3. Science answers questions that used to be the province of religion
The earth was flat; the sun revolved around the earth; illness was God's judgment; storms, chaos, and death were the evidence of the disfavor mankind had curried with the Supreme Being. As in most cultures, the Christian world attributed what it feared and could not understand to some supernatural judgment or force. (Even today, every time there's an earthquake or tsunami we still hear this mega-preacher or that televangelist assuring us that God massacred however many people half way across the world, because gays are allowed to roam about gayly gay-ing at will, and God doesn't like gaying gays, so he'll kill a bunch of unconnected folks, just to teach the gay-coddlers a lesson. Because, God is love). Now, science has replaced superstition, giving concrete answers in lieu of self-serving ones. Anyone genuinely curious to understand how a given illness works, can find out. You can still simply resort to, “sin! Judgment!” of course, but that argument no longer holds the persuasive force it once did simply because we know better. Back in the day, superstition provided an answer, no matter how bad; and until such time as there was a better answer available, it held sway over people's minds. But those days are gone. Science has provided the better answer, and religion, which was content simply to reap the benefits of people's fears, is obsolete in this respect.
4. The church no longer has a monopoly on thought
This is closely linked to the point above. We live in an age where ignorance is ever more a deliberate choice rather than anything else. With answers to a thousand questions but a few taps or clicks away, falling back on “because, God!” or “demonic possession; quick, an exorcism!” or “how dare you question the will of God?!” is a cop-out. When information was scarce and questioning dangerous, people had little choice but to content themselves with the church's position. Not so anymore.
The irony of this, of course, is that this is a “problem” for the Christian world inflicted largely by the Christian world; the Martin Luthers of the past showed that dissent could bear fruit. Granted, the Calvins of the world brutally oppressed it when it conflicted with their own supremacy, and that response still exists in church communities and families, but the seed was planted and flourished. The holy men of the Church were not infallible. They could be challenged – and the challenger might be right. Combine that with a shift toward representative government, where every man had an equal say, where the old ideas of ruling classes that could not be questioned gave way to a more inclusive system; an influx of information and a boom in scientific discovery; philosophical thought that offered good alternatives to strict religious adherence, by providing a measure of worth for the average man equal or greater than what religious thought of the day afforded; and you have the “perfect storm” for skepticism to take hold. The Church was not unassailable; its leaders were fallible, wrong, sometimes wicked even; the worth of men could be discerned – and protected – by secular measures; and science provided provable answers to questions that had long netted “the wrath of God!”-type answers. Why look to an aging, corrupt, oftentimes seemingly morally bankrupt power structure for answers that reason, scientific inquiry and secular thought can provide?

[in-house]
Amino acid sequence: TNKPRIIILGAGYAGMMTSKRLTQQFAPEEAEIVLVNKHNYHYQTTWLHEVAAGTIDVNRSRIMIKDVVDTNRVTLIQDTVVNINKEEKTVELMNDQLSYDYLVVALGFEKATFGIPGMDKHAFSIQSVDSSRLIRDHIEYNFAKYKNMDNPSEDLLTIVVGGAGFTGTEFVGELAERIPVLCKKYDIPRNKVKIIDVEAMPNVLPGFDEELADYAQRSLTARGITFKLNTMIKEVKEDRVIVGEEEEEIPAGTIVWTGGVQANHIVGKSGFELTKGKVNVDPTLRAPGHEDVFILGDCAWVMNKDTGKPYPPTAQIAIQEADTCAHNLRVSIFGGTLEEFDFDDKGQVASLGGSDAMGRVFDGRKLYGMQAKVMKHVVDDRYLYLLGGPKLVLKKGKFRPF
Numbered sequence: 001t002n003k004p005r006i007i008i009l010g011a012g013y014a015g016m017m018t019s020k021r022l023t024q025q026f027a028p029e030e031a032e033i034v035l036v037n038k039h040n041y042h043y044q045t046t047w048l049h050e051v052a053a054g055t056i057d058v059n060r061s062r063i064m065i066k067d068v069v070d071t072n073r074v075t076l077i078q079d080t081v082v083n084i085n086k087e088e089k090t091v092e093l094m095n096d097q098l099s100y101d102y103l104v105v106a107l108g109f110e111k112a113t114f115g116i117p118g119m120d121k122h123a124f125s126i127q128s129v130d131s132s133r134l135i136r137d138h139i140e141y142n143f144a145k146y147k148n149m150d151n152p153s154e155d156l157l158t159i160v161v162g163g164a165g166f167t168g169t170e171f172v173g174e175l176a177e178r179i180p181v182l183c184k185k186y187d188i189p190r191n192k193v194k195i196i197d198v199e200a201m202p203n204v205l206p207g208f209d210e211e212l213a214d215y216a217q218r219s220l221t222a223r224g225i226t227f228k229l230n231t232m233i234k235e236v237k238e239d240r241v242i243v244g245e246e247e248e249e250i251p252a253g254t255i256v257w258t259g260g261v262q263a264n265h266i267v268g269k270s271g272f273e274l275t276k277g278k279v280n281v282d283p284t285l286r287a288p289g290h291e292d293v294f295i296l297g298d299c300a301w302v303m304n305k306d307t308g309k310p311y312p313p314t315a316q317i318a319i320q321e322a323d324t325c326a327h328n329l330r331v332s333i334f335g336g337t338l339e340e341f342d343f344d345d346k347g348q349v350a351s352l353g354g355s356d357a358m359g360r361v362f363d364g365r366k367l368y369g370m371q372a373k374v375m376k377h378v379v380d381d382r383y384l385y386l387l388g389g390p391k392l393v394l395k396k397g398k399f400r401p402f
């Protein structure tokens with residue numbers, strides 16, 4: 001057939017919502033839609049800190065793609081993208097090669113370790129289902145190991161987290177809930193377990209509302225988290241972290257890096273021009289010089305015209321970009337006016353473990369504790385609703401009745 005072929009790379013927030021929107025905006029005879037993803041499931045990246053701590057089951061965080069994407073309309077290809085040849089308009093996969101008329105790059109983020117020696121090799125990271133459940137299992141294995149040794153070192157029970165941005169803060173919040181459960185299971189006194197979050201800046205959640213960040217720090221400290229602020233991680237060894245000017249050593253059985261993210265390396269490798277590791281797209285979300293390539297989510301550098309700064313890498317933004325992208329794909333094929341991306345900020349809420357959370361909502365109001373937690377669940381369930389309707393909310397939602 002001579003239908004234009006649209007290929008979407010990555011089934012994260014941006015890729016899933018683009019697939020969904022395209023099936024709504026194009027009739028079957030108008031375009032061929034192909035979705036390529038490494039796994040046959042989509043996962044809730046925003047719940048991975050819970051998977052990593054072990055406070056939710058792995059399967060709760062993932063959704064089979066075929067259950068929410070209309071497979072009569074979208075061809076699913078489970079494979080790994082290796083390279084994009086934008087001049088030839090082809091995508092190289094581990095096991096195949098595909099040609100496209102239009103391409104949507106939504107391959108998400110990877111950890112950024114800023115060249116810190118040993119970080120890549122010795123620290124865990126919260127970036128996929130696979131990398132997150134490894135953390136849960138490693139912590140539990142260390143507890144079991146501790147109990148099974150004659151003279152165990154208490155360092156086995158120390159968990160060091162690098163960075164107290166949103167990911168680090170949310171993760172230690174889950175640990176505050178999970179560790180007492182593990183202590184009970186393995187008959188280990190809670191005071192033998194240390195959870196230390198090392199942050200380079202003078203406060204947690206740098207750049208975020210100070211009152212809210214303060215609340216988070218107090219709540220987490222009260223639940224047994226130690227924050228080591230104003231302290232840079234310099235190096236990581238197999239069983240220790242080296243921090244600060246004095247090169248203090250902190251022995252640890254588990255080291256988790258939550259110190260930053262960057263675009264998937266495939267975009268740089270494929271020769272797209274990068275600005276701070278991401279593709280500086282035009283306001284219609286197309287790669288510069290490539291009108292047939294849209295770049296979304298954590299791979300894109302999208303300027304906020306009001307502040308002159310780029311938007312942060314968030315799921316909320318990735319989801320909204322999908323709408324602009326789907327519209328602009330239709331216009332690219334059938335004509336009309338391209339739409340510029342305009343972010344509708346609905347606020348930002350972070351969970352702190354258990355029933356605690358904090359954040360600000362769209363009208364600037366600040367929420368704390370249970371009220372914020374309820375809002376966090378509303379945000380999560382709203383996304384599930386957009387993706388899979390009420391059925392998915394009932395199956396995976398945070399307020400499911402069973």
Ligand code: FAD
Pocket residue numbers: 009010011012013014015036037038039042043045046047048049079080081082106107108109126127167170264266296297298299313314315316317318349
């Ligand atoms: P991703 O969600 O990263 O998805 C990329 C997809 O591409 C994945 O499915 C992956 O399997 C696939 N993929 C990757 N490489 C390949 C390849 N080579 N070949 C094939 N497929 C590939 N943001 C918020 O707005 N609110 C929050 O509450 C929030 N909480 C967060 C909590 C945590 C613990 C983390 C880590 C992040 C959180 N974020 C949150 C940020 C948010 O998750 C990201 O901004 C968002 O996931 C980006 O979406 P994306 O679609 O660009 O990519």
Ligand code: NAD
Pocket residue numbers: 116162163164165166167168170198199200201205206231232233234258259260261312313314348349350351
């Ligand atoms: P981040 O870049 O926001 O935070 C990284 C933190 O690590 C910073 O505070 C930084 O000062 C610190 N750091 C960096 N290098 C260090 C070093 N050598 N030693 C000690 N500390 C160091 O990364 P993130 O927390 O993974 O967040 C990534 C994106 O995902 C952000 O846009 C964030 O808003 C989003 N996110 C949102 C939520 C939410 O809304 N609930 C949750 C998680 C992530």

5. The church has lost its moral authority: people can be good without religion, and people can be evil in spite of religion